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Investigating humanity’s cultural past and present to understand its possible futures.

Program Guidance for 2021: Information, Disinformation, and Cultural Authority: New Social Media and the Evolution of Social Learning

For the 2021 round of funding inquiries, we welcome projects on any of the topics described later on this webpage, but we are especially interested in projects that could contribute to one or both of the following goals.

  1. Understanding how contemporary media have changed the social transmission of information and cultural learning. How have social media changed our conceptions of the “public sphere?” What are the prospects for “public-interest technologies?” What cultural dynamics guide or emerge from the use of personal data via online algorithms, etc.? Does the rise of “fake news” represent a new kind of cultural disruption that lacks historical precedent in state propaganda, traditional media, textbooks, censorship efforts, etc., or are there meaningful parallels to be drawn with the past? How might we assess and shape these processes for greater contribution to human flourishing?
  2. Understanding changing perspectives on “cultural authorities.” What factors — biological, psychological, or cultural — influence who is listened to? How are these factors being influenced by contemporary media? Are contemporary cultural polarizations related to changes in how cultural authority is developed, composed and implemented? How are new or emerging cultural authorities changing how we think about traditional authorities or about the very idea of authority?

Project ideas should advance cultural-evolution scholarship and may draw from various disciplinary methods and insights from across the sciences and humanities. We are especially interested in comparative studies across demographic, national, or regional boundaries.


In this priority, we fund projects that aim to advance the following goals:

  • Finding ways to draw more richly and widely from the world’s cultures to enhance intellectual, especially scientific, progress.
  • Coming to a better understanding of how science and technology affect human self-conceptions and human potential.
  • Developing cultural possibilities for common human flourishing in response to contemporary global issues

Topics we are interested in exploring include the following. Those mentioned here are current priorities, but we are open to additional ideas in the spirit of the goals noted above.

Research on science in cultural contexts, including how these contexts might be used to further scientific progress. This could include ethnographic studies of science in place, research on the cultures of the disciplines, and work in such areas as evolutionary epistemology, conceptual thought and other aspects of evolving human reason that take culture into account.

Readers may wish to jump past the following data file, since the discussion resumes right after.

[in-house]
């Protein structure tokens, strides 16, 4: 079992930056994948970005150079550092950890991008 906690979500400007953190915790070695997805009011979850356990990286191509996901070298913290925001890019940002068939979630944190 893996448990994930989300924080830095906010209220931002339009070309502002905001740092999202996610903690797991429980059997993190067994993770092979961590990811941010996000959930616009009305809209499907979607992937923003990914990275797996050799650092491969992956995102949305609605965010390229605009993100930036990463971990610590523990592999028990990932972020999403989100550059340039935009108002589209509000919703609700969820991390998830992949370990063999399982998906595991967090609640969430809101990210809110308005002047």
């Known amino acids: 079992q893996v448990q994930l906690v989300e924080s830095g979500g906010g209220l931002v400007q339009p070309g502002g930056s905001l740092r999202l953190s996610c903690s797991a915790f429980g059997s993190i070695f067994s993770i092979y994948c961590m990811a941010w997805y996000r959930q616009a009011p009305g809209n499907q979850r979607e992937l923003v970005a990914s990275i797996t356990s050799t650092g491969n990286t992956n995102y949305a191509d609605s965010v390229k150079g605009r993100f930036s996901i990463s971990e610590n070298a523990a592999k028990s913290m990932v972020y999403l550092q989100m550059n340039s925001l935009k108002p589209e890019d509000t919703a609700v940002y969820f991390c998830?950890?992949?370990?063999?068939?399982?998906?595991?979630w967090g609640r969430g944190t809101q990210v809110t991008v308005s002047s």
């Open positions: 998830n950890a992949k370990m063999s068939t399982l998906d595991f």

Cultural influences on technology development and influences of technologies on cultures. This might include how databases and algorithms impose perspectives on data, uses of data for purposes not initially intended, and how technologies otherwise influence the social transmission of information. We are also interested in similar work beyond just information technologies.

Reciprocal influences of technology and human selfconception. Questions in this area are more well-known concerning bioengineering, including futurist perspectives like transhumanism. But we are also interested in research on other kinds of technology, as well as study of the relationship of technologies to other aspects of culture such as education, health, and distribution of freedoms.

Research on the role of cultures in causing or helping to resolve global issues. Issues addressed might include climate change, inequality, the benefits and pitfalls of human cooperativity, population disruption, rapid spread of misinformation, and the roles and effectiveness of human institutions.

Research on cultural virtues. Work is being done on humility as a virtue that might be essential to a well-functioning scientific enterprise. What other virtues, perhaps as core elements of some cultures but not others, need to be better understood?

Cultural evolutionary approaches to virtues and character. This would include the application of frameworks drawn from cultural evolution to theorize about moral and intellectual virtue in general, or about specific moral and intellectual virtues.

Research into the possibility of guided cultural evolution. While maintaining an emphasis on research, the Foundation is interested in projects exploring how the findings and methods of cultural evolution might lead to actual institutional or other cultural change.

Expansion of the field. Work in cultural evolution derives its current vitality in part through the meeting of ideas and disciplines from primatology to cultural anthropology to evolutionary economics. An important goal of this initiative is to expand the field in several dimensions, including (but not limited to) fostering work by emerging scholars; supporting those underrepresented in their disciplines; supporting disciplines underrepresented in the study of cultural evolution; and fostering work by scholars from non-Western cultures. We are also interested in efforts to create a richer interaction among participants, and wider dissemination of their work.

Projects connecting with the topics or goals of other strategic priorities are most welcome. For example, projects in science of purpose or programs in Islam.

Featured Grants

Natural Sciences
Project Leader(s): Gaymon Bennett
Grantee(s): Arizona State University Foundation for a New American University
Natural Sciences
Project Leader(s): Russell Gray, Simon Greenhill
Grantee(s): University of Auckland
Natural Sciences
Project Leader(s): David Wilson, Joe Brewer
Grantee(s): Evolution Institute
Natural Sciences
Project Leader(s): Rachel Kendal
Grantee(s): Durham University